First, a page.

Chief Inspector Joe Sullivan conveyed a simple, strong message to his neighbors during the monthly meeting of the Parkwood Civic Association on Oct. 19: call 911.
Sullivan, a Parkwood native and resident, is in charge of the Philadelphia Police Department’s Homeland Security Bureau. That’s the branch of the police force that investigates terrorism threats, protects visiting dignitaries, deploys the SWAT team and manages many other specialty units.
Sullivan said that the city’s first line of defense against terrorism is often its residents, people who see something suspicious and report it.
The police department and its civilian partners such as the Police Radio Advisory Board have invested much time and effort trying to educate the public about the proper use of 911 in an effort to reduce the burden of non-emergency calls on the system. Citizens can dial 311 to reach City Hall for public service complaints or questions. Alternately, they can dial 215–686-TIPS or text message to “PPD TIP” to report information about a fugitive or an unsolved crime.
But when in doubt about a public safety concern, citizens should still dial 911, Sullivan said. Officers assigned to Homeland Security are on duty around the clock.
In other Parkwood Civic Association business:
• The two candidates for the Pennsylvania House of Representatives in the 170th district met face-to-face again as incumbent Republican Martina White and Democrat challenger Matt Darragh each delivered stump speeches to dozens of residents in attendance. The candidates each addressed the Somerton Civic Association on Oct. 11.
White touted the House’s recent passage of her anti-sanctuary city bill. The legislation would expose sanctuary cities including Philadelphia to financial liability for crimes committed by undocumented immigrants. White also said that her bill to protect the identities of police officers involved in on-duty shooting had been passed out of a state Senate committee. She was hopeful that the full Senate would pass it before the end of the legislative session.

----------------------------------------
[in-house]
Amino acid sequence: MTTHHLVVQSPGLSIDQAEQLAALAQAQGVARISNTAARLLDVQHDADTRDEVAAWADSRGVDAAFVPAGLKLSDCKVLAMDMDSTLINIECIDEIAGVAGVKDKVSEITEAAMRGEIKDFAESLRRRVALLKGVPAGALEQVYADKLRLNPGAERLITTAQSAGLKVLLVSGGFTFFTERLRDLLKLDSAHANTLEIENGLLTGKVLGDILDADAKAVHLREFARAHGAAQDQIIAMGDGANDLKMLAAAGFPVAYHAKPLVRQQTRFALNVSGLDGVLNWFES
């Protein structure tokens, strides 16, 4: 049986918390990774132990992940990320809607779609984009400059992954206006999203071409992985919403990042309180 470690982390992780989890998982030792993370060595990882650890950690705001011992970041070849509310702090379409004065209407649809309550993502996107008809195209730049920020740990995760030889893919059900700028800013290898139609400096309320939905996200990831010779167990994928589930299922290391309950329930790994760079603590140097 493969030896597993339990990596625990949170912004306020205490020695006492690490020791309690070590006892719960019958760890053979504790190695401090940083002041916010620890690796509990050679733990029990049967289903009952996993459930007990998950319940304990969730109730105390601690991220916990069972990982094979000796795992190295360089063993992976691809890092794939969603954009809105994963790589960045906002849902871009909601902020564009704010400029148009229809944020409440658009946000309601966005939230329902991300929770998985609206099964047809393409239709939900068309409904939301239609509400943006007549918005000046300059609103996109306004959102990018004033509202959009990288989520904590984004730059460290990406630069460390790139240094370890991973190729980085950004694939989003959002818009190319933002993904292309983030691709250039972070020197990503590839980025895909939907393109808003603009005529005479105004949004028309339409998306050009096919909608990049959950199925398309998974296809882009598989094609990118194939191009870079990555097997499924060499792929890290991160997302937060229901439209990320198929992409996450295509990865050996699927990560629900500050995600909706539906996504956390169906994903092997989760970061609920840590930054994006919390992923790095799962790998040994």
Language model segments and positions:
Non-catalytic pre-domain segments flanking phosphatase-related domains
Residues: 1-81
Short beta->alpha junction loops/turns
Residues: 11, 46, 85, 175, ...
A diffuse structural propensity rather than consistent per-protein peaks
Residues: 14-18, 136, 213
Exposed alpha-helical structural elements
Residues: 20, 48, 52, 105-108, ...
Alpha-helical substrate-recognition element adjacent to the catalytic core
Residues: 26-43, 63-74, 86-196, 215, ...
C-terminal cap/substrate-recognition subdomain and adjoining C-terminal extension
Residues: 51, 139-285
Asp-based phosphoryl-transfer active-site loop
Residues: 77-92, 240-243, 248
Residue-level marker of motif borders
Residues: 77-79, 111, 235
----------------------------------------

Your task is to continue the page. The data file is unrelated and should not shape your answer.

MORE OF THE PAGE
Darragh criticized White’s campaign for placing negative advertisements. One particular ad, he said, used references to Kermit Gosnell to criticize Darragh’s pro-choice stance on abortion. Gosnell is the former abortion doctor who was convicted of murdering babies who were born alive. Darragh condemned Gosnell’s crimes and called him a “butcher.”
Darragh said his primary focus is to preserve the Parkwood that he knew when he was growing up there, a neighborhood now threatened by dilapidated properties, drug activity and quality-of-life nuisances.
• Brian Heath of the Pennsylvania Department of Conservation and Natural Resources said that administration of Benjamin Rush State Park has been moved from a park in Fort Washington to Neshaminy State Park in nearby Lower Bucks County.
Heath is the new park manager for both sites. His office is at 3401 State Road in Bensalem. His phone number is 215–639–4538.
• Parkwood Civic President Marge Philippi said that after multiple requests the Pennsylvania Department of Transportation mowed overgrown weeds along Woodhaven Road.
Also, Philippi said she has reported many instances of graffiti on signs, utility poles, manhole covers and other surfaces in the neighborhood. She’s hoping that someone will see the vandal in the act and report him to police. ••